posted on Mar, 12 2013 @ 02:28 PM
To everyone that is upset about TA getting turned off. First and foremost, I offer my sympathies. This is a bad time for our nation and our military.
However, I can't just stand aside without giving my old 2 cents worth.
Tuition assistance is, and has always been a benefit, not an entitlement. There is a very sharp distinction between the two. Any promise that any
recruiter gave you about paying for a college education by serving was referencing the GI Bill, not TA.
Now, to all of my friends and acquaintances that are not or have not been affiliated with the military, the GI Bill is a benefit that every service
member is given after serving 3 honorable years in any branch of the service. The program pays for 100% tuition at most colleges, it gives a stipend
for books and also provides money for living expenses for 3 years. Under certain circumstances, the benefit can be transferred to a spouse or a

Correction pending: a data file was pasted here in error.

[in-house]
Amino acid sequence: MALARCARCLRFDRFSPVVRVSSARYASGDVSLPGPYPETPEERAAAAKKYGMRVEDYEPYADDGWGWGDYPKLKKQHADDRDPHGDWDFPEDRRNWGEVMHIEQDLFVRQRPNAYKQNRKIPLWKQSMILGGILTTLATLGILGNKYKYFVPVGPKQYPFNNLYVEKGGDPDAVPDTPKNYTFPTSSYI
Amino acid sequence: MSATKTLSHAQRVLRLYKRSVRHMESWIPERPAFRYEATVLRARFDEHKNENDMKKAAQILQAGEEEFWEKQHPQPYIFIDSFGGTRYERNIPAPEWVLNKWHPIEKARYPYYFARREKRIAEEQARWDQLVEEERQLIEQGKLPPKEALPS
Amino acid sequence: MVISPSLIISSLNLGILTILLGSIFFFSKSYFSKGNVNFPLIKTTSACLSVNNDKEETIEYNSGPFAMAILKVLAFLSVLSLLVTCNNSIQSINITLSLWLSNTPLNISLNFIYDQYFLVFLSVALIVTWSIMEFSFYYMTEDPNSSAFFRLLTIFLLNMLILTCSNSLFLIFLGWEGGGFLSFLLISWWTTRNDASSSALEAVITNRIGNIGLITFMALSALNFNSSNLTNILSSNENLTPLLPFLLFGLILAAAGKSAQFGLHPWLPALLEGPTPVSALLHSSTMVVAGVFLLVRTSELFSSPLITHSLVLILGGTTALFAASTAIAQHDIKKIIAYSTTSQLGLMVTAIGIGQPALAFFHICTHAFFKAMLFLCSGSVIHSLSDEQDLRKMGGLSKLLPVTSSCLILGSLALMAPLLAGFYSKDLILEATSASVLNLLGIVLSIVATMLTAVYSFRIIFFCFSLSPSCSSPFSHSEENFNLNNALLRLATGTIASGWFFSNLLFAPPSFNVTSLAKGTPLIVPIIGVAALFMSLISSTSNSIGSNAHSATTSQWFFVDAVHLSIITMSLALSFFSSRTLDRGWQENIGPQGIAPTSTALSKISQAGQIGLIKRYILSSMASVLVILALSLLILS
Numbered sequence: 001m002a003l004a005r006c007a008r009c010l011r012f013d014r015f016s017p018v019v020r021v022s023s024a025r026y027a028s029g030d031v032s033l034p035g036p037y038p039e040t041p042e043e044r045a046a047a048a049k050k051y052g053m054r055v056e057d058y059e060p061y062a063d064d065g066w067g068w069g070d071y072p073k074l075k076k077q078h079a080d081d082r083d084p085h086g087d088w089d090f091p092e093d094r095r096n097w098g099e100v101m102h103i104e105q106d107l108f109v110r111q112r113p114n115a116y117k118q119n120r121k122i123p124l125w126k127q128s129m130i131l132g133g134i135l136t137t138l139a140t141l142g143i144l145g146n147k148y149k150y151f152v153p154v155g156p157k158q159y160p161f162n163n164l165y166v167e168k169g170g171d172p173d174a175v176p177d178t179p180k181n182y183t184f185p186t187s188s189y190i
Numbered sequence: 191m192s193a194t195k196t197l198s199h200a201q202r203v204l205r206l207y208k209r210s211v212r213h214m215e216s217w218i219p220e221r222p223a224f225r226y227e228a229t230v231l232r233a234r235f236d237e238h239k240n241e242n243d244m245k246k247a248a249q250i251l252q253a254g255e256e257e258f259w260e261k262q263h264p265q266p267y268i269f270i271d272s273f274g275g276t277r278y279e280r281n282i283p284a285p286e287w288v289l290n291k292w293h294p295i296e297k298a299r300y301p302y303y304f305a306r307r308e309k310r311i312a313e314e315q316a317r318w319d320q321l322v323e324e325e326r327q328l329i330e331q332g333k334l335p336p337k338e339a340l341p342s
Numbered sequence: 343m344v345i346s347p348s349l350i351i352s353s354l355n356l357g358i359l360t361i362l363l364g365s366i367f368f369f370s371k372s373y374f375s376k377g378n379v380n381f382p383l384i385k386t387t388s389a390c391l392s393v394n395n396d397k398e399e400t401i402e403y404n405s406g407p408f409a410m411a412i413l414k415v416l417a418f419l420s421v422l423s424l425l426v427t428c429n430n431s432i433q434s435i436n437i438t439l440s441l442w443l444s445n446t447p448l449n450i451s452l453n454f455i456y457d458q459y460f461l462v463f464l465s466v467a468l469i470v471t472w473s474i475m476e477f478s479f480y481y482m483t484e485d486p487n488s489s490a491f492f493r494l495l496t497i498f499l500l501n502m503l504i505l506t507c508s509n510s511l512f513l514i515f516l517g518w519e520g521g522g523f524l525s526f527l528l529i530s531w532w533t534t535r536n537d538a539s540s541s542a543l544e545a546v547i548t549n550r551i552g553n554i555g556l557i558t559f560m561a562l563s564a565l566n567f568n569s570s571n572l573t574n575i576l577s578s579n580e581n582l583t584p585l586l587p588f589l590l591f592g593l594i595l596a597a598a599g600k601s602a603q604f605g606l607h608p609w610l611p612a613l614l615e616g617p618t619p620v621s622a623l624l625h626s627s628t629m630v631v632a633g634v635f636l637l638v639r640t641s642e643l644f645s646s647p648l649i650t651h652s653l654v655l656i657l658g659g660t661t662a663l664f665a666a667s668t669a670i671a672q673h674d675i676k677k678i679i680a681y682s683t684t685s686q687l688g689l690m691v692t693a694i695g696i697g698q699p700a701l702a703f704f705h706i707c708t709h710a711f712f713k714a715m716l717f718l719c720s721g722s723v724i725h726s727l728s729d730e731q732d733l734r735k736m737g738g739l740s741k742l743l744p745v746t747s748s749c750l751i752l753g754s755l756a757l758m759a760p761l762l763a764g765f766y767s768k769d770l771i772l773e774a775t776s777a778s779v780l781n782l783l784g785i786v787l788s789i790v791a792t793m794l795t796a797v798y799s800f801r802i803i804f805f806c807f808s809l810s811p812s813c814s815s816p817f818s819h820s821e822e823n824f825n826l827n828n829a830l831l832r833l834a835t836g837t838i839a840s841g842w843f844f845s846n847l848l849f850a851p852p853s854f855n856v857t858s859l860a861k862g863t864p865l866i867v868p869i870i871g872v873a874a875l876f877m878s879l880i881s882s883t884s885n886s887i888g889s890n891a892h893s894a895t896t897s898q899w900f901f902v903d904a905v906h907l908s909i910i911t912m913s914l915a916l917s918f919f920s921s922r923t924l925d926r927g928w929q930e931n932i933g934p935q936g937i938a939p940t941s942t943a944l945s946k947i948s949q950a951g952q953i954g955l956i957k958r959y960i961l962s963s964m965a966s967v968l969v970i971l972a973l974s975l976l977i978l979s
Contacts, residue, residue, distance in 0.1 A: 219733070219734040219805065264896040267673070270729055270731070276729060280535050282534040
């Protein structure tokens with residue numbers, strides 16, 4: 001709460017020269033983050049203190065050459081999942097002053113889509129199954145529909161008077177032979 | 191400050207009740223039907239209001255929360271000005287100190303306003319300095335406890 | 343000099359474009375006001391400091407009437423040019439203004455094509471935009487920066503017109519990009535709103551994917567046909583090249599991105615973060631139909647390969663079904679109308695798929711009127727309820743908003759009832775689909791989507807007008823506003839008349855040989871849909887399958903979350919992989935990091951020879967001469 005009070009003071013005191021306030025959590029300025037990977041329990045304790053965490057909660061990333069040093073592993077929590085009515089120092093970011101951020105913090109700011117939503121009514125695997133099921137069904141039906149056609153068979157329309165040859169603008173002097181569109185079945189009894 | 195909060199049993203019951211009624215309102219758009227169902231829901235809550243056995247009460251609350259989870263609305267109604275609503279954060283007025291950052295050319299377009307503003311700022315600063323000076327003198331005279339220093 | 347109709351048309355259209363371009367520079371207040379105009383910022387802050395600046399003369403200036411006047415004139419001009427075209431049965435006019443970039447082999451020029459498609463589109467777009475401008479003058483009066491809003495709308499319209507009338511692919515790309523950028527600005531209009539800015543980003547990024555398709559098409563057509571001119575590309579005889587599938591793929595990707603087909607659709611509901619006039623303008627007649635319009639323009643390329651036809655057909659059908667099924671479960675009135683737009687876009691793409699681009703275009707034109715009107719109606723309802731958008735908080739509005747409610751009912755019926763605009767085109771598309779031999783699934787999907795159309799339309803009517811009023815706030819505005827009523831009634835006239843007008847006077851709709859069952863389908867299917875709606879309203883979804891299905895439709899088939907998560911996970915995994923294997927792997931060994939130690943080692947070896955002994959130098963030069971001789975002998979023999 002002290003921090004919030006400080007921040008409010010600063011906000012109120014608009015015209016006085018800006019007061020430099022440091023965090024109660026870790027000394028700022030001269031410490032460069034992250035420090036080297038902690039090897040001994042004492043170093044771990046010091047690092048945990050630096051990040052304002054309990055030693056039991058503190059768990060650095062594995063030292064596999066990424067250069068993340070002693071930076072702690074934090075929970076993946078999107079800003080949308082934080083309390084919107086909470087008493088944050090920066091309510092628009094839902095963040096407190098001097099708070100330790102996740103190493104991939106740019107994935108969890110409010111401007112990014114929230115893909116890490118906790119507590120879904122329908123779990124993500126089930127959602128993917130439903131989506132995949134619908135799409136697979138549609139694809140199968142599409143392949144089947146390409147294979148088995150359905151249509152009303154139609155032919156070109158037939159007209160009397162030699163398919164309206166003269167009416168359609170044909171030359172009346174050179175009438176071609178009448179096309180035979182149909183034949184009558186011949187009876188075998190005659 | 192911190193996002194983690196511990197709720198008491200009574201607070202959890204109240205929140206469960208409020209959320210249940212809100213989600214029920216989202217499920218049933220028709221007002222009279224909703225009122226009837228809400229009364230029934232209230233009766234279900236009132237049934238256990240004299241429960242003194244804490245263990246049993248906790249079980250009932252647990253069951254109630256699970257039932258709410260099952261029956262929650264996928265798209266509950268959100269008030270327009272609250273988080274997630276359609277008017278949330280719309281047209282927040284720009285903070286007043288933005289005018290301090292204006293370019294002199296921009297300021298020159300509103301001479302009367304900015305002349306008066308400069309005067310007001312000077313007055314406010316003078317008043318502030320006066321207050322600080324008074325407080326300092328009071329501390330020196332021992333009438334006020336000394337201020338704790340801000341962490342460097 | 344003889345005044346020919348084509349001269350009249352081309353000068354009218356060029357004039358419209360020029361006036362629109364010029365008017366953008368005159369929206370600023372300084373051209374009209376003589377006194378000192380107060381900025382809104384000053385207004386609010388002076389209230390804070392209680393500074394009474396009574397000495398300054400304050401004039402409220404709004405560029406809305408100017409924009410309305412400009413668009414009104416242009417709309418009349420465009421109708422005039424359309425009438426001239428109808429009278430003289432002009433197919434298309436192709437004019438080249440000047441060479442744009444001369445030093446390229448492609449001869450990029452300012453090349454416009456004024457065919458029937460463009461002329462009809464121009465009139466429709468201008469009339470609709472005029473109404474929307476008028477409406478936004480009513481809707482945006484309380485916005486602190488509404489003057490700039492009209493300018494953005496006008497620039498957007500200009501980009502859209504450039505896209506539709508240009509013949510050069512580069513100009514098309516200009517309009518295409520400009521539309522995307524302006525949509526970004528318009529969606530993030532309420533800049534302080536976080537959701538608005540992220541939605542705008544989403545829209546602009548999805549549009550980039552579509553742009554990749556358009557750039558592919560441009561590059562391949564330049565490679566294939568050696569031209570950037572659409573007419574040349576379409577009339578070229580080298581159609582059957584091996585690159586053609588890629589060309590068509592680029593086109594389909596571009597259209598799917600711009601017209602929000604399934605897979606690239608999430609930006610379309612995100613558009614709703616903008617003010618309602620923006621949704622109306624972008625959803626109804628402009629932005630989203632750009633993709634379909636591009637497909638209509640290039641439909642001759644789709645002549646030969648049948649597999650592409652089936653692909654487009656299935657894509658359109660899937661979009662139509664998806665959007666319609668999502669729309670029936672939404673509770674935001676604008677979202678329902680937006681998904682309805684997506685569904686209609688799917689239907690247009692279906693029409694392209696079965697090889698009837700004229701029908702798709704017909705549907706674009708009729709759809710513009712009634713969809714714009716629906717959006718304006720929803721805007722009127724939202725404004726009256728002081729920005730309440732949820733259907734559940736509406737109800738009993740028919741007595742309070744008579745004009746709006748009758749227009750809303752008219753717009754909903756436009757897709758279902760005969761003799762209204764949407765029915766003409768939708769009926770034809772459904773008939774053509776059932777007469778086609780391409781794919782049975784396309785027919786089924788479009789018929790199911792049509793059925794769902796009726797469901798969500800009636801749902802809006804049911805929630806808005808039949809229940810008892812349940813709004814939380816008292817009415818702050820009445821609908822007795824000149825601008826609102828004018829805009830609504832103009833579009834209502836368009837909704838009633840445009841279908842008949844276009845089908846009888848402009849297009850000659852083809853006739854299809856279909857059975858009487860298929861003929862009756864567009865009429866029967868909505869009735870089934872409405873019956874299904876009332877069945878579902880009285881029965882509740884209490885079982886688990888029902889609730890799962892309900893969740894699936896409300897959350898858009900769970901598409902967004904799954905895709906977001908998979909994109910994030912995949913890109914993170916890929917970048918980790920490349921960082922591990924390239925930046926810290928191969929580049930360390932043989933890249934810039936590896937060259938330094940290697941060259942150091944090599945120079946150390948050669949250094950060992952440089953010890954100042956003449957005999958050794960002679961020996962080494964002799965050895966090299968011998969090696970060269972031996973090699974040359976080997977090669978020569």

TA, on the other hand, is money to pay for college given to a service member while they are on active duty. The AF was the first branch of service to
offer TA as a recruiting and retention tool (back before the GI Bill was free and transferable) and only offered to pay 75% of tuition expenses. Other
branches soon followed suit and eventually during OIF and OEF the benefit was raised to 100% of tuition.
Now here is the distinction...the GI Bill was passed into law by congress in 2008 or so and as such is an entitlement earned by serving at least 3
years in the military honorably. It is payed by the Veterans Administration.
TA on the other hand is merely a benefit that the services used as a retention tool. It came out of the DoD's discretionary budget. Now that the
money is tight, it has been cut off. That sucks balls, I know. But if you look at the timeline, the DoD scrapped deploying a carrier group, cancelled
all demonstration team performances and announced reduced flying hours and other training deployments before they cut TA.
So, to make a long diatribe short...suck it up. There are a lot more cuts to come, and if this really puts a cramp in your plans, you can always fall
back and use you GI Bill to further your education.